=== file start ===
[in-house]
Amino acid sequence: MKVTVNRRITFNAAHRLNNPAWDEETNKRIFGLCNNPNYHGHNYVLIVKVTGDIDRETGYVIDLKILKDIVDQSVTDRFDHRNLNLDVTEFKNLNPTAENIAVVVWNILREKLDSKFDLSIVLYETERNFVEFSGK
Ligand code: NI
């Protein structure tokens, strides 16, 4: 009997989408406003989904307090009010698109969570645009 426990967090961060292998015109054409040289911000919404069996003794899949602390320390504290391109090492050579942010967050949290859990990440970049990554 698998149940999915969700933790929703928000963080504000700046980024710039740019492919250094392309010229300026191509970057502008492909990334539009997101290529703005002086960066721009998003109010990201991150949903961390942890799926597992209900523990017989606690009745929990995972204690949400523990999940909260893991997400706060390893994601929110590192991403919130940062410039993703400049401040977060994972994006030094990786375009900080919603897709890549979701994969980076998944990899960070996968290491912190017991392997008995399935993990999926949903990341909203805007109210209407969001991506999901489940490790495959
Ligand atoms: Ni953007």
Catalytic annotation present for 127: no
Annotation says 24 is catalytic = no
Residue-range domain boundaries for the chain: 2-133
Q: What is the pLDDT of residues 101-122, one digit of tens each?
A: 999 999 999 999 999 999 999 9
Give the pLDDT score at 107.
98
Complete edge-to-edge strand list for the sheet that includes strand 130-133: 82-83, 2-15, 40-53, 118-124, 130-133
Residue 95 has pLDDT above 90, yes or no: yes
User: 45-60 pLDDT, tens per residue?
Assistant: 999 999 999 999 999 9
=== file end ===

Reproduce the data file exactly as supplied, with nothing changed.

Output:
[in-house]
Amino acid sequence: MKVTVNRRITFNAAHRLNNPAWDEETNKRIFGLCNNPNYHGHNYVLIVKVTGDIDRETGYVIDLKILKDIVDQSVTDRFDHRNLNLDVTEFKNLNPTAENIAVVVWNILREKLDSKFDLSIVLYETERNFVEFSGK
Ligand code: NI
């Protein structure tokens, strides 16, 4: 009997989408406003989904307090009010698109969570645009 426990967090961060292998015109054409040289911000919404069996003794899949602390320390504290391109090492050579942010967050949290859990990440970049990554 698998149940999915969700933790929703928000963080504000700046980024710039740019492919250094392309010229300026191509970057502008492909990334539009997101290529703005002086960066721009998003109010990201991150949903961390942890799926597992209900523990017989606690009745929990995972204690949400523990999940909260893991997400706060390893994601929110590192991403919130940062410039993703400049401040977060994972994006030094990786375009900080919603897709890549979701994969980076998944990899960070996968290491912190017991392997008995399935993990999926949903990341909203805007109210209407969001991506999901489940490790495959
Ligand atoms: Ni953007």
Catalytic annotation present for 127: no
Annotation says 24 is catalytic = no
Residue-range domain boundaries for the chain: 2-133
Q: What is the pLDDT of residues 101-122, one digit of tens each?
A: 999 999 999 999 999 999 999 9
Give the pLDDT score at 107.
98
Complete edge-to-edge strand list for the sheet that includes strand 130-133: 82-83, 2-15, 40-53, 118-124, 130-133
Residue 95 has pLDDT above 90, yes or no: yes
User: 45-60 pLDDT, tens per residue?
Assistant: 999 999 999 999 999 9